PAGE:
by Curtis Weathers —
The school year is coming to a close and the coronavirus seems to be in full retreat. More and more people are getting vaccinated, infections are way down and the number of people dying from the virus has fallen dramatically.
As we bring to a close one of the most traumatic school years in the history of this nation, we need to begin the reflection process and start the repair work on our educational institutions.
We need to take the lessons from this pandemic and build a better, more effective and efficient educational experience for our students and families.
I have been anxious to hear directly from our school leaders, classroom teachers and support team members about what they have learned throughout this experience as it relates to virtual learning and all of the other challenges they have had to contend with over the last 18 months.
I posted a survey on Facebook that asked teachers, administrators and support team members to share with me what they have learned during the pandemic that will help them provide a better educational learning experience for students in the future.
The responses have been mixed and are still coming in. Here are the results thus far.
- Forty-six percent of respondents said they actually learned a lot this past year and felt that their students learned much more than expected.
- Forty-four percent of respondents said they learned a few things, but for the most part, it was a wasted year for them and their students.
- Ten percent of respondents said they are still assessing what, if anything, they, or their students learned this school year.
- Only one respondent said, without equivocation, that this school year was a complete waste for both he and his students.
Virtual learning, of course, played a significant role in facilitating the teaching and learning process this year. Many found it incredibly challenging. But for all its hardships and problems, virtual learning also provided insights.
Many of the respondents to the survey lauded newfound technology skills.
“I learned that I have online teaching capabilities, and I believe that online teaching is the future once mastered,” said one middle school teacher. Several teachers mentioned how challenging the virtual learning platform can be.
An SCS high school teacher said, “I learned how to keep scholars engaged through distance learning while building a desire within my scholars to better themselves.” She also learned “how to create a culture of success that allowed scholars to explore and experiment with lessons in order to make that lesson meaningful.”
One SCS teacher, however, was very blunt. According to her, “Virtual Learning is not for middle school. Lack of discipline.”
But she also reflected on something other teachers mentioned as well, and that is the role “patience” played in helping her get through the year.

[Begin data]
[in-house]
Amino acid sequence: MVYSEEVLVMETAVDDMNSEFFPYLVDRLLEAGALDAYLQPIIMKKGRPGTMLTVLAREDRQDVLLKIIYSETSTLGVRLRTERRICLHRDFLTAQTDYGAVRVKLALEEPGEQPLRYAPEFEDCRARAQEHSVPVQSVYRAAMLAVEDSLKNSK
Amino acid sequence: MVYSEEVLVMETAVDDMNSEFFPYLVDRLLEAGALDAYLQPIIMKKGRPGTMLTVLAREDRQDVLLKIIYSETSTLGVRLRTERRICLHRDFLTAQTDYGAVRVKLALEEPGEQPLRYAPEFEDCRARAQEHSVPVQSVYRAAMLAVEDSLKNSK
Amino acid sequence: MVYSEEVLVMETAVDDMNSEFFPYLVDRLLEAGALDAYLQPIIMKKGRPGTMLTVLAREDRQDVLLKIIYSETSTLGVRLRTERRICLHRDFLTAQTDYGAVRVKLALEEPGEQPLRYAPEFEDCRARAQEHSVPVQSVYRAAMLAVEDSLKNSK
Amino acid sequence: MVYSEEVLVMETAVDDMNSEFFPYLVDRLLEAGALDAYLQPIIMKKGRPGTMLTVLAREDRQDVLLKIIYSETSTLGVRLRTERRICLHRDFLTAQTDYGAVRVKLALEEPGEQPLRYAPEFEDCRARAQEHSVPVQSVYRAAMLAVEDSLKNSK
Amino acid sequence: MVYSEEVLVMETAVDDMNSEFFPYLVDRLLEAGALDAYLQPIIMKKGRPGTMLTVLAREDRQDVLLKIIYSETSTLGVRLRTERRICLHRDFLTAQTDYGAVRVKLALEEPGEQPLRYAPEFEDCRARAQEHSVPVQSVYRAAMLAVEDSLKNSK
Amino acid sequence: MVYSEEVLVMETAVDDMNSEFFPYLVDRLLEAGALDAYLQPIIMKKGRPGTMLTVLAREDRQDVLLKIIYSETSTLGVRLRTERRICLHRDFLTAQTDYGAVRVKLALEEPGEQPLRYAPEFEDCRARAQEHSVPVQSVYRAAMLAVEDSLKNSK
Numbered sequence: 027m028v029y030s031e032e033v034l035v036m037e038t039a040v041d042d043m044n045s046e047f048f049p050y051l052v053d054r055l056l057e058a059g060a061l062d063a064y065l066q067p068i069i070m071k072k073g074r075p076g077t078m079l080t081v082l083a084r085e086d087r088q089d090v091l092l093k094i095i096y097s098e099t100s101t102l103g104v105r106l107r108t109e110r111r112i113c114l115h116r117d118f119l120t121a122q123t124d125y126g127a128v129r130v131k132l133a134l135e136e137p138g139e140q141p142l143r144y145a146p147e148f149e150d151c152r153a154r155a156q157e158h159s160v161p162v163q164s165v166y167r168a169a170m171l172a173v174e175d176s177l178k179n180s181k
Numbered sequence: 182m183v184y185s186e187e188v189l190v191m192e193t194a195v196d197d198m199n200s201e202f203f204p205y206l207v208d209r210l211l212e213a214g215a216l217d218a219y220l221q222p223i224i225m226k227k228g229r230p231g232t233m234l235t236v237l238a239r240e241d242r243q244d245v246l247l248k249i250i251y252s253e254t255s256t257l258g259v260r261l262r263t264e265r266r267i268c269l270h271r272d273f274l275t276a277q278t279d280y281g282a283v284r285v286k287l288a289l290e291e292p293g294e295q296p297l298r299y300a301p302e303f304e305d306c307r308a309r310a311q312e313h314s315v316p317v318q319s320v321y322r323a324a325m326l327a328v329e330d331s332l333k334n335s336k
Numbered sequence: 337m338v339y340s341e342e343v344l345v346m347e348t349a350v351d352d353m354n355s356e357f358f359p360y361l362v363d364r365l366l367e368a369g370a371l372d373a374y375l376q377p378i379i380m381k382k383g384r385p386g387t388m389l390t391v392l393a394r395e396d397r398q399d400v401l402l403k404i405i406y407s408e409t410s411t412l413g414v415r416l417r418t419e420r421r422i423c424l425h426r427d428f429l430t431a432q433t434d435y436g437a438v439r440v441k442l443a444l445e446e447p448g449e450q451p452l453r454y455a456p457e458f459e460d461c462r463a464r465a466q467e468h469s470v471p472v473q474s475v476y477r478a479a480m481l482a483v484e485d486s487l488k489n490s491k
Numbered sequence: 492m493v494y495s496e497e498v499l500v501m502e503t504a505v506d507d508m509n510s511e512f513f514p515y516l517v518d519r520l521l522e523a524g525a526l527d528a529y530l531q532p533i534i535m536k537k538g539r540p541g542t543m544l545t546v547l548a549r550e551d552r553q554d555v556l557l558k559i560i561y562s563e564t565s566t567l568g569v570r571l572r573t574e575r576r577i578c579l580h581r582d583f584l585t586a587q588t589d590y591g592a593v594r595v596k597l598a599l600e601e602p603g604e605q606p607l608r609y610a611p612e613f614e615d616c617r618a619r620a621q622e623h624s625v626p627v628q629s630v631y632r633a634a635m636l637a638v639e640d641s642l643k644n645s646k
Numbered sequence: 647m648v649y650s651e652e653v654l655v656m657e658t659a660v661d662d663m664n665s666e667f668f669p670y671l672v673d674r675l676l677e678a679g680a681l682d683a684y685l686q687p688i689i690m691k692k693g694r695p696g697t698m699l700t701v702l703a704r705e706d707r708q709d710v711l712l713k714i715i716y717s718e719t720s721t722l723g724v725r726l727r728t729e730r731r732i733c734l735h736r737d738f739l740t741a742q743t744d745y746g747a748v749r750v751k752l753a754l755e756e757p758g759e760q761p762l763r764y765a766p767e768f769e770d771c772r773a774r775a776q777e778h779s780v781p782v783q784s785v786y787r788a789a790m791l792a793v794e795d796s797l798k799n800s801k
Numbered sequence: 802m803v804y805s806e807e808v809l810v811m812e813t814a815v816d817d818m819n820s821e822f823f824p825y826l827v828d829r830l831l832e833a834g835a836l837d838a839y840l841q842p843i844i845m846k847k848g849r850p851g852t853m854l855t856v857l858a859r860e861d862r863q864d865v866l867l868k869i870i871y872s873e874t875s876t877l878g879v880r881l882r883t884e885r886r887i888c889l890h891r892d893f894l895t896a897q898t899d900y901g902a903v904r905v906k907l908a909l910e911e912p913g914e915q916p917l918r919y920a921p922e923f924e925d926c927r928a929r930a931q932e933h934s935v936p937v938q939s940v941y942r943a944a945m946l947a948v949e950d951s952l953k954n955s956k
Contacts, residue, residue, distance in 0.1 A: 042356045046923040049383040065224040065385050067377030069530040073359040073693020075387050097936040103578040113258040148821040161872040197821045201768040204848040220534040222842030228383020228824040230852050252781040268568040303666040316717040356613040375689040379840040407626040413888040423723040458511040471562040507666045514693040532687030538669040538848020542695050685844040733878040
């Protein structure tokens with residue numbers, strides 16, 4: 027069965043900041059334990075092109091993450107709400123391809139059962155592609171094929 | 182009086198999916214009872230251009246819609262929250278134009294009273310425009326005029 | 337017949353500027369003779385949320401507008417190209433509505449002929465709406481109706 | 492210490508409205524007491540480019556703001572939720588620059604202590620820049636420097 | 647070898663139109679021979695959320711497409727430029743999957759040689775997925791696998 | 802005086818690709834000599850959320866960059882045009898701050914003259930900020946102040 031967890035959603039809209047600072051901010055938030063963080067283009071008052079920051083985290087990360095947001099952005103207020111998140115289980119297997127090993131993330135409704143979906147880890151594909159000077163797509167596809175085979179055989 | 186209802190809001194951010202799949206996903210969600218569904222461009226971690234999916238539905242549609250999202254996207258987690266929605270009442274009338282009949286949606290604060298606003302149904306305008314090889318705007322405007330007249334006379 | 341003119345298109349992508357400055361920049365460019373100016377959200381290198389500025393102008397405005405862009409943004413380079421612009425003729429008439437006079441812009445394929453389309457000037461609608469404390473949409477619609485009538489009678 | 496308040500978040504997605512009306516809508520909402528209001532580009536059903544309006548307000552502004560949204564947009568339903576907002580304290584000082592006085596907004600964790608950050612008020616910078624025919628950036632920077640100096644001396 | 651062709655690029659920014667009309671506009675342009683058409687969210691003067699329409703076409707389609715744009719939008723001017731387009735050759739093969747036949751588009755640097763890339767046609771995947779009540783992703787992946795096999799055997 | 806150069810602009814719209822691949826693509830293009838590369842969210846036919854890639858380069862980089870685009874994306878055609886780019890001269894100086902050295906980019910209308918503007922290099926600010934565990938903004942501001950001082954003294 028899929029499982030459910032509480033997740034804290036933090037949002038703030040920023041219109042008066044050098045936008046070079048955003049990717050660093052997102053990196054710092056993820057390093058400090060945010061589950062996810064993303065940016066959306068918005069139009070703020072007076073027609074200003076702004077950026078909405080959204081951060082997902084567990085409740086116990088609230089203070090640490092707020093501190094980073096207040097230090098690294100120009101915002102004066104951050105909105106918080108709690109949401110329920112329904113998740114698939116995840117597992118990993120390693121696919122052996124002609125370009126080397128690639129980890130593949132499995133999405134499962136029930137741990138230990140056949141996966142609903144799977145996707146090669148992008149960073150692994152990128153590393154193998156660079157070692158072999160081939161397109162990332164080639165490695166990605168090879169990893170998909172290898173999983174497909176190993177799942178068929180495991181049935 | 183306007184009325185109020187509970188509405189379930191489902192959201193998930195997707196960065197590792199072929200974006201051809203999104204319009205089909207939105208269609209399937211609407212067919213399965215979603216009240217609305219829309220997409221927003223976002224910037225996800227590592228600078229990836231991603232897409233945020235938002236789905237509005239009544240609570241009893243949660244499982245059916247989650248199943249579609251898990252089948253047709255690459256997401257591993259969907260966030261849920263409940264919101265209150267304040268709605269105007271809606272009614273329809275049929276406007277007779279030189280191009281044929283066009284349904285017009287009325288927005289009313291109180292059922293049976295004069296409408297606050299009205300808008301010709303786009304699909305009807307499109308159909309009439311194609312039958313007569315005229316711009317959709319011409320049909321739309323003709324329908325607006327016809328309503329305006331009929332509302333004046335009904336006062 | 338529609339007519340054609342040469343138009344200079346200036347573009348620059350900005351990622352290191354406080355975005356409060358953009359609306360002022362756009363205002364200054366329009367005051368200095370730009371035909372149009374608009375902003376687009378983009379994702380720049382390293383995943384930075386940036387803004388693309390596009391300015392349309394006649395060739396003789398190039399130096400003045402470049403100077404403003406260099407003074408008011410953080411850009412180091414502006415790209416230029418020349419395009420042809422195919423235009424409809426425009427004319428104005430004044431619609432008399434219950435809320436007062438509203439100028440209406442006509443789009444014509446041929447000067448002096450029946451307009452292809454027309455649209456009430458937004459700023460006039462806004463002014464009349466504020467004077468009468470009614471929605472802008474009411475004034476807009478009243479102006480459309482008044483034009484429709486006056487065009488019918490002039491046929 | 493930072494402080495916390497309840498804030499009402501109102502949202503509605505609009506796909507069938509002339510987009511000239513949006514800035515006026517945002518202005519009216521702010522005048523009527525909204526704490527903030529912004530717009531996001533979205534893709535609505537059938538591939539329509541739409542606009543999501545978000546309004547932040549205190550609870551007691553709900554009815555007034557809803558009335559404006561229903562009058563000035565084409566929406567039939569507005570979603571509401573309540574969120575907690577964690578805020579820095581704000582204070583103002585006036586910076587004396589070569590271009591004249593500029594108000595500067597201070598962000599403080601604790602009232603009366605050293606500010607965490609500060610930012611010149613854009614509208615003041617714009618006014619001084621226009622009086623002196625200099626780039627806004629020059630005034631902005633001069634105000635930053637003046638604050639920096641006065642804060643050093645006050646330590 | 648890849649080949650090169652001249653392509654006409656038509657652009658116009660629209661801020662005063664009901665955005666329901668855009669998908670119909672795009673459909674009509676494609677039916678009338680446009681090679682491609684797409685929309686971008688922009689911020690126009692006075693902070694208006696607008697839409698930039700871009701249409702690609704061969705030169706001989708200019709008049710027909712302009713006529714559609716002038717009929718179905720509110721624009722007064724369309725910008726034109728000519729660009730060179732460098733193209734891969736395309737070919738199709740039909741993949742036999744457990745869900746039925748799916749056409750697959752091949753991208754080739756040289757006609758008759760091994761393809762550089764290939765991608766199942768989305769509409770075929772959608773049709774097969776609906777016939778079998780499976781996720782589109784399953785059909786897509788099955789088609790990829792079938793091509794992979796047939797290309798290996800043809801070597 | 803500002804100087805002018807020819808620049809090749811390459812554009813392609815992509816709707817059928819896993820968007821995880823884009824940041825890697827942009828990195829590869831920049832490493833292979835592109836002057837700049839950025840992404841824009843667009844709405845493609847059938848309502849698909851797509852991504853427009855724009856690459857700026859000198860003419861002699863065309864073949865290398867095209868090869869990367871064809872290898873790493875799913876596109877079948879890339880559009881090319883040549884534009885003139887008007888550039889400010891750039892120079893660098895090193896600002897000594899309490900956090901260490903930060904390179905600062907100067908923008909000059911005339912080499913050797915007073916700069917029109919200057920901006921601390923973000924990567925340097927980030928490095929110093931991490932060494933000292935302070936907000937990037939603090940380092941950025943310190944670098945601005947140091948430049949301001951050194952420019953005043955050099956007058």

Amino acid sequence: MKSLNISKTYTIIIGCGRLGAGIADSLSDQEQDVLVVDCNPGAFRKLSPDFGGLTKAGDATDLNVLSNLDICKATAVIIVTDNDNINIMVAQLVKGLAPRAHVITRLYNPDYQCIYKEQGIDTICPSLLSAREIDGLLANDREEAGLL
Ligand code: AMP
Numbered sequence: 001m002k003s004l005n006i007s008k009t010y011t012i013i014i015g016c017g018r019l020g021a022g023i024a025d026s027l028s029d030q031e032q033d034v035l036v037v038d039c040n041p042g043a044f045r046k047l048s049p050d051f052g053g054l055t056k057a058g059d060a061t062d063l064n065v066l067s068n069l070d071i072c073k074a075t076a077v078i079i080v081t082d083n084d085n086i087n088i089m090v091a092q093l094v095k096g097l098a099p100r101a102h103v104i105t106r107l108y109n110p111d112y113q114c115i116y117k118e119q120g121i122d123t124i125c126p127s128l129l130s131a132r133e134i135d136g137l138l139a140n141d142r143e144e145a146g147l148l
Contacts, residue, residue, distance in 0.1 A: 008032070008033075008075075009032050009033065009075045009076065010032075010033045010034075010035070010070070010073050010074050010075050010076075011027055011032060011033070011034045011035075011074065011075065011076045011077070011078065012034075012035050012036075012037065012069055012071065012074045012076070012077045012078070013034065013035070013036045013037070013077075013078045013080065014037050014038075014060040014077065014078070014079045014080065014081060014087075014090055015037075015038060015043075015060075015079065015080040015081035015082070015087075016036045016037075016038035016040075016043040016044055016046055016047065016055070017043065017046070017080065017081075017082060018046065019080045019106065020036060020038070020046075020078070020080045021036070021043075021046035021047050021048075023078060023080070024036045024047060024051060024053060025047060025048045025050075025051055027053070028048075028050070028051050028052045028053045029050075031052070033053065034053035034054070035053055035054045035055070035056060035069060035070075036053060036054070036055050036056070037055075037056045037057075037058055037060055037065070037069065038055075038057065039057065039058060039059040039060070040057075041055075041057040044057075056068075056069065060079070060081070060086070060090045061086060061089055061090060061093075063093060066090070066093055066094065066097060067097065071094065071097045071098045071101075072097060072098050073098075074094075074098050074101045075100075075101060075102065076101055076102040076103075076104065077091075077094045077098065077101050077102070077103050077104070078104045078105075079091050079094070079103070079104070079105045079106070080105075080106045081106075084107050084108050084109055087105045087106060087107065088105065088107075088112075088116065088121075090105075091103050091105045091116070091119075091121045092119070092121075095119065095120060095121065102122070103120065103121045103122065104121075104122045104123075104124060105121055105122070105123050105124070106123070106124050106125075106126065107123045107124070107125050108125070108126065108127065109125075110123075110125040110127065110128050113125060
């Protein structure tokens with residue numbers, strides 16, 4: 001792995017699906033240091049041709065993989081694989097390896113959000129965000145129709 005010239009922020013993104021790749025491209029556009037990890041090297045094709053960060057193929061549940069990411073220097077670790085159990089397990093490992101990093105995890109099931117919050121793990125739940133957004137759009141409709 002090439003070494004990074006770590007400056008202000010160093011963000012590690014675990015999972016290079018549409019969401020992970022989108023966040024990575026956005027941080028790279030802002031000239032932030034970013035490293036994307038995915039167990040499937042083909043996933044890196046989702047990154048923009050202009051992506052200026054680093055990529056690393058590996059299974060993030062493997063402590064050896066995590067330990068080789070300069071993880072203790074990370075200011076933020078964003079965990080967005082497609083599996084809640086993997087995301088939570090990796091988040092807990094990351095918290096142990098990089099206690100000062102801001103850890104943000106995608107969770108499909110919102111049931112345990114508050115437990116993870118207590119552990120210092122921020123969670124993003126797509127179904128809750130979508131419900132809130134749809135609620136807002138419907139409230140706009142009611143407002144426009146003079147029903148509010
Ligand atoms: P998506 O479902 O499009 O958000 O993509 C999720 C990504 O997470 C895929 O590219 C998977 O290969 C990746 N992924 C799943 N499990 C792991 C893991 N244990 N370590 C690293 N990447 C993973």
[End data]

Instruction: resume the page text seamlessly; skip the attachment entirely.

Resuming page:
“I learned patience,” she said, “because adjustment has a mental trauma that I would never have considered.”
A sixth-grade math teacher spoke to the inequities in our system.
“We always knew the inequities were there, but with Covid, it was really highlighted. We got to see everything on a broad spectrum of how we’ve neglected certain populations.”
Several respondents to the survey reflected on the empathy and resiliency aspects of teaching and learning. A Bartlett elementary school teacher said she learned to be more flexible and to have “a deeper compassion for students and their families.”
Another teacher replied, “It doesn’t make me a weaker teacher to try and accommodate my students. Sometimes being a better teacher means showing grace and mercy.”
One administrator had some excellent advice for his colleagues going forward.
“Figure out what is most important for your students to learn and teach them that. You don’t have time for all the extras. Also, take the time to form connections and allow your students to get to know each other,” he said.
“Less is more,” wrote an SCS middle school teacher.
“I have learned to drill down to the most essential skills/standards that I feel need to be taught/learned. I’ve learned to not give up on collaboration time for students to work together even if some do not participate. … I’ve learned to be patient and kind and offer extra help sessions, even if nobody shows up.”
The door is wide open for educators to begin reimagining the teaching and learning process in our schools in order to better serve students and families going forward.
One administrator seems to be on the right track with his idea of how to restructure the school day.
“I realized that teachers and students were more productive with a 4-day workweek. Kids had four school days, and the staff was in PD/work time on Mondays. Everyone was prepared for the week, and time was maximized. I believe how we do school needs to be revisited.” he said.
The bottom line: we need to take what we have learned and create a new and dynamic learning experience for children using technology and the newfound relationships we’ve developed with parents and families.
I suppose I am not surprised that over 40 percent of respondents think that the school year was a total waste. The pandemic has left many teachers wondering whether the classroom holds a future for them. Many are leaving the profession and pursuing other career pathways. The majority of those who remain seem relieved and yet optimistic after navigating the challenges of this pandemic for over a year.
On the one hand, I’m excited about what I’m hearing from school leaders and classroom teachers.
But on the other hand, given what I know about culture in urban schools and its formidable ability to resist change, I will believe the differences when I see them.
Great job, educators (administrators, teachers and support staff).
We love and appreciate you!
(Follow TSD education columnist Curtis Weathers on Twitter (@curtisweathers); email: [email protected].)